April 4, 2023

AAP Film Review
By Diana Cheng

Min-hee Kim in Bamui haebyun-eoseo honja (Cinema Guild)

“On the beach at night alone,” the second selection of South Korean director Hong Sang-soo’s films to be screened at the 55th New York Film Festival, is a much freer exploration in color with an expansive setting than his first screening at the Festival, the black and white, tightly focused “The Day After.”

“On the beach at night alone” offers a glimpse into the internal world of a young actress named Young-hee who is caught in a scandal of her affair with a famous director. The story parallels the real-life situation director Hong faces with his muse, actress Kim Min-hee. The film could well be Hong’s personal response to the media frenzy over his extra-marital relationship.

The parallels are obvious, the sentiments genuine. Hong is smart to focus his story on a character study of the young actress Young-hee, and have Kim play her, a character who exudes a sensitive and passionate persona. Kim’s performance can readily elicit empathy. Hong leads viewers to explore the internal world of Young-hee and paints a passionate human soul.

In the first part of the film, Kim is an actress sojourning in Germany. She has a friend, Jee-young (Seo Young-hwa), who lives there and has learned to enjoy solitude in a life on her own. She tells Young-hee that living alone is what she prefers when Young-hee asks her if they can live together. Aloneness can be a choice, not necessarily a curse. That might be something Young-hee has not thought of before.

In a foreign land, Young-hee can be in touch with her feelings and find shelter in anonymity. She is thus protected from the fallouts of her relationship with the film director, an older man who’s married and has a child. While away from home, it is also a time for her to come to terms with the end of the affair. Whether their real-life romance would come to termination or continue on, that is not the issue here. With the film, Hong has crafted a telling perspective by exposing the heart of a young actress in a similar situation. Kim delivers with remarkable poise.

Kim’s nuanced and affective performance as Young-hee led her to win the Best Actress Award at the Berlin International Film Festival earlier this year. Hong depicts Young-hee to be spontaneous and expressive, placing her in several mesmerizing scenes where her whole body speaks poignantly.

First, as she follows her friend Jee-young into a park in Hamburg, she stops and kneels down on the ground, bows prayerfully as she is moved by the peaceful surrounding. In another scene, she stands outside a coffee shop smoking a cigarette, swaying her body slowly and singing meditatively, yearning for a distant love. Further on, she stoops to touch a flower, then closes her eyes to smell and caress it, adoring its beauty. Towards the end of the film, she lies on the sand at the beach asleep, dreaming.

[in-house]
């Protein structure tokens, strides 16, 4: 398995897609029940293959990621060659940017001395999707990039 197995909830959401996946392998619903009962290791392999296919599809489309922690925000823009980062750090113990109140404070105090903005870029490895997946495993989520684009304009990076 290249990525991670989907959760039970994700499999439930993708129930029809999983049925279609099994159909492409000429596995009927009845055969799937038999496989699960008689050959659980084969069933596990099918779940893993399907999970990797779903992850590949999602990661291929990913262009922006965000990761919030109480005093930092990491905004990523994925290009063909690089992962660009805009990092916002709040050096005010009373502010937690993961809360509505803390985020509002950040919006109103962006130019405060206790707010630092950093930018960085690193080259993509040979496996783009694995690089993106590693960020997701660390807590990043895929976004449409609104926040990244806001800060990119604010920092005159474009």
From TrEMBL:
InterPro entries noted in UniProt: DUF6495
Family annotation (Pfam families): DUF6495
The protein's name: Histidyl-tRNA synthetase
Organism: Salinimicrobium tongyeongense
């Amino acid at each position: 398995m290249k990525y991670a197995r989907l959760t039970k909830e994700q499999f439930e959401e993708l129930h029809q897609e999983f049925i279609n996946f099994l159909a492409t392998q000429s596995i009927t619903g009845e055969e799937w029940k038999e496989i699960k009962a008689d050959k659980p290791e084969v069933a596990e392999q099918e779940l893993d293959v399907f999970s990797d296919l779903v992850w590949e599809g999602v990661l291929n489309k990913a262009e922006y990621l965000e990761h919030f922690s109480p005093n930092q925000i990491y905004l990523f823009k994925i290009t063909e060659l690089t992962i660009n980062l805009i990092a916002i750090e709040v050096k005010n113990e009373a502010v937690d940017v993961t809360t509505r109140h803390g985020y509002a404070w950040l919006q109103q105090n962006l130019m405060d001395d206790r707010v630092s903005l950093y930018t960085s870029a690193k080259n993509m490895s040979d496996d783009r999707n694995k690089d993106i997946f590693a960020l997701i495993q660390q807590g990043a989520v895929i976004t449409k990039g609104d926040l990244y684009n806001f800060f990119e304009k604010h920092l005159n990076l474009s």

As if these moving scenes are not enough, Hong spells it out, almost achingly, as Kim exposes Young-hee’s inner torments. We hear dialogues that sound like testimonials: “I want to live in a way that suits me… in my own way,” she tells Jee-young while in Germany. When Young-hee goes back to her home city of Gangneung, Korea, she looks up her old friends. Over drinks, and a little too much soju rice liquor, she pours her heart out. Like a wounded animal in a trap, the young actress reveals her inner torments and distress. Later when she goes with her friends to a seaside hotel, among many telling lines, we hear the question being asked “two people in love is immoral?” That is probably Hong’s most direct address to his own predicament. 

In the director’s signature style, the last segment of the film has a repeat act. But this time, it is not a re-enactment of an event or a hopeful alternative. We see a film crew lead Young-hee to the director Sang-won (Mun Seung-kun). The two former lovers confront. They sit across each other with crew members at the table. The director expresses his regrets. She has an open dialogue with him, giving him a piece of her mind, again maybe over too much soju. The next moment we see Young-hee sleeping on the sandy beach again. Alas, what has just occurred is but a dream. As she wakes, she gets up from the sand and walks away from the quiet beach back to reality, alone.

“On the beach at night alone” will screen at NYFF55 Oct. 8 and 9. Q & As with Hong Sang-soo following the screenings. For more info go to webpage


Contact Diana Cheng at [email protected] or visit at Twitter @Arti_Ripples or her blog Ripple Effects, rippleeffects.wordpress.com.

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